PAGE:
Shalendra glanced back at the sky, noticing how the clouds resembled a thick blanket of blackness overhead. Not a single wink of starlight was visible. “Maybe...” She listened to the thudding, even feeling it vibrating the ground under her feet. “All right, let’s go. I don’t think we want to be caught this close to the dwarves’ capital.”

She lowered herself to her hands and knees and crept to the other side of the boulders. Peeking around the last one, she tried to see who or what made all the noise. Blue fire from the top of a golden torch brightened a wide swath of area—and people. Her eyes widened.

Dressed in black tunics and pants, the soldiers’ golden breastplates and arm guards were beautiful, reminding her of old tapestries in the French museums she and Émilien loved to visit. From the number of them pouring into the valley, she and Soliana could be in trouble.

“No, we don’t. Dwarves aren’t nice to elves, even though technically, we are cousins.”

“Slavery will do that. I don’t blame them for their anger,” Shalendra said. “How would you like it if your family forced you into a life of servitude simply because you were different? That’s what the light elves did three millennia ago.”

“Didn’t the black king try to help them?” Soliana asked, her gaze worried.

“Yes. When the black king took over the kingdom after the Great War, he freed them, but it was too late. Now, the only emotion in the dwarves’ hearts is vengeance. Each day, I expect Freyja to tell me another war has begun. Now, no more talking. We’ll cross in total silence.”

“I’m so glad I found you and Émilien after my parents were killed. I can’t imagine how different my life might have been.” Soliana wrapped her arms around Shalendra before pointing to the trees. “Lead the way.”

Walking across the valley, their feet barely touched the grassy surface as they made their way to the stream. Shalendra studied the rocks then reached for her friend’s hand and stepped on the first one. Carefully moving from rock to rock, they made it without mishap to the other side.Only a few more steps...

“Stoðva!”A male voice cried out, commanding them to stop. Instead, Shalendra grabbed Soliana’s arm and pulled her toward the tree line, desperate to get away from the soldier. Without warning, her body slammed into an invisible wall and she froze, unable to move or speak. From far away, she heard another command, and the world around her faded to black.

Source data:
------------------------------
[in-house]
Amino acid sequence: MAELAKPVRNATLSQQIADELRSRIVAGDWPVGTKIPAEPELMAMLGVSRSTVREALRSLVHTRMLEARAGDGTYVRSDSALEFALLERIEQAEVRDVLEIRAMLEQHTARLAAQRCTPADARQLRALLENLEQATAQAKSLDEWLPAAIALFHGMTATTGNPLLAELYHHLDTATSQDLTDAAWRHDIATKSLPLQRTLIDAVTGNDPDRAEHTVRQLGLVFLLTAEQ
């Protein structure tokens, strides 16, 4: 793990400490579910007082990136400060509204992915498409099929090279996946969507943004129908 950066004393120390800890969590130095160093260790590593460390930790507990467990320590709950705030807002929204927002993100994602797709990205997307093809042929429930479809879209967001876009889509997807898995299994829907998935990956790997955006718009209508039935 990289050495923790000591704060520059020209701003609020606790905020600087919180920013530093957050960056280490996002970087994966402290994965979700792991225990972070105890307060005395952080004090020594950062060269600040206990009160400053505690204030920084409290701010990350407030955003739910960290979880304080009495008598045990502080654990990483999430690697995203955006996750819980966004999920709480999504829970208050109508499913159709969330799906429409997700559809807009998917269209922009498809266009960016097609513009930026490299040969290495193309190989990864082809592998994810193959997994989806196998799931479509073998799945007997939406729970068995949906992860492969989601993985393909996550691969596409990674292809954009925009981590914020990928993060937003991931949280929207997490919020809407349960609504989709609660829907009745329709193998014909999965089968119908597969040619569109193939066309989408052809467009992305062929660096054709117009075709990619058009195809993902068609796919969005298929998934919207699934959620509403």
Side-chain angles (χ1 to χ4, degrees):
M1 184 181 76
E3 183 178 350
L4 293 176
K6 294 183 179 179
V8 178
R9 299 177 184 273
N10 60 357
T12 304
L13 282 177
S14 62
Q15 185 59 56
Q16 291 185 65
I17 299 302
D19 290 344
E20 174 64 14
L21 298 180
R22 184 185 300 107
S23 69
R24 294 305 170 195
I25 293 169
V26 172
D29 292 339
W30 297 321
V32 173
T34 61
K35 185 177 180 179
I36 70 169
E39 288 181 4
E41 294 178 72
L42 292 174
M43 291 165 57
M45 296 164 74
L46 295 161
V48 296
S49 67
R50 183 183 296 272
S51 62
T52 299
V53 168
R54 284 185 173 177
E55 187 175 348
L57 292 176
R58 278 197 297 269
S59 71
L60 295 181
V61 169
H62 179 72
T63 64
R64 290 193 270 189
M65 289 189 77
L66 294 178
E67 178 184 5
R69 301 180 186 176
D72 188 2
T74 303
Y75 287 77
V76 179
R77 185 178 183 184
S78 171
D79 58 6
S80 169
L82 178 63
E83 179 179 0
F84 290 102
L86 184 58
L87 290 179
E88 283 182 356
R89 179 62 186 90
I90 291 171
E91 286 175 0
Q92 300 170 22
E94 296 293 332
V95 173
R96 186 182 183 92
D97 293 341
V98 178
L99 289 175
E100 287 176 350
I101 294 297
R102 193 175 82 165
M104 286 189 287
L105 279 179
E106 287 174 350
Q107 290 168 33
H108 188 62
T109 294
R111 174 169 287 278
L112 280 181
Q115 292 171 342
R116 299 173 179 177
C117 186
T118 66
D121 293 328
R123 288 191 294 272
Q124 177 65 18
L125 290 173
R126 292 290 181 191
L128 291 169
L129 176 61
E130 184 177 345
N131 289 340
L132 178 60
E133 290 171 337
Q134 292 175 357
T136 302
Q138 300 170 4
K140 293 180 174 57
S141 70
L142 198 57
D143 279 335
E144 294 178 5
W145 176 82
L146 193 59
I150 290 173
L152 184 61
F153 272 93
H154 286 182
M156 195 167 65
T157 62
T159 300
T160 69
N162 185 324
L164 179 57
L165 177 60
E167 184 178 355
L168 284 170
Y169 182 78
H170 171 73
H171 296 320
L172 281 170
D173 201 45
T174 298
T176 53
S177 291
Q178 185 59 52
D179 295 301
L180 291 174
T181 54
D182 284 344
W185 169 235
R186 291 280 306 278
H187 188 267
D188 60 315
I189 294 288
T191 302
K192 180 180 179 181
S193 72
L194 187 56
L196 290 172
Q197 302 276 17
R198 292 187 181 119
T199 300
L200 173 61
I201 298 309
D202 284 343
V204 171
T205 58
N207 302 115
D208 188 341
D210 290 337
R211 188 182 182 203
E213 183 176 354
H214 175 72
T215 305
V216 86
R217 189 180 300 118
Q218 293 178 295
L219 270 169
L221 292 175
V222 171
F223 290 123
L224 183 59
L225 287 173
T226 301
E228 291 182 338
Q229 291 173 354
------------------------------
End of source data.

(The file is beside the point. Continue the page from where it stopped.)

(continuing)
Shalendra awakened, her brain fuzzy and her body sore as she sat up. Resting her hand on the floor, she jerked it away with a scowl and swiped her hand over her pants, not wanting to think about whatever the slimy stuff was. Now, she did need a bath—a long, hot bath. Trying not to think about what she had been lying on or that the slime was now in her hair, she closed her eyes and pulled in several deep breaths, calming the growing panic like Émilien taught her to do.

A sound caught her attention, low and murmuring, somewhere close by. Straining her ears, she stood. With her hands outstretched so she wouldn’t run into the wall, she made her way toward the voice. Listening for a moment, she whispered, “Who’s there?”

“No one,” a husky male voice said.

She bit back a smile. “Well, Mr. No One, you answered my question, which means you can think and talk, so for me that makes you someone.”

“Not really.”

She decided to change tactics. “Why are you here?”

“Why are you?”

“I’m not sure. I guess they didn’t like the way I looked or that I may have been sneaking into the city. I kind of stick out like a carnation in a poppy field.”

“Welcome to my world. Being different in Svartheimr sucks. That’s why I’m in here.”

“How are you different? Are you super short or more like a giant, like the Jötnar?”

“Neither, I’m afraid. I’m in prison because I like men.”

“Hmm. Well, I like men too, so we’re going to get along very well, I think.” Finally, she heard his deep chuckle and shuffling, which drew closer to where she squatted against the stone wall separating them.

“What’s your name?”

“Shalendra Elasalor, and yours?”

“I am Castien Bloodminer.”

“Bloodminer? Please tell me you don’t actually mine for blood. How is that even possible?”

He chuckled again. “I am what we call a gem caller. There are only two left in the dwarf world who can find the treasured bloodstone, which is sacred to my people.”

“Much better than mining for blood. What does a bloodstone look like?”

“It’s a beautiful green stone with spots of red throughout, giving it the look of blood splatter, hence the name. At one time, every dwarf carried a bloodstone for courage in battle and to help heal wounds.”

“That does sound quite beautiful. I’ve never seen a bloodstone before.” A pale blue light appeared in front of her. Looking closer, she noticed a hole in the stone wall, but when a hand shot through it, she jumped back with a tiny squeal.

Tags: Heidi Vanlandingham Fantasy
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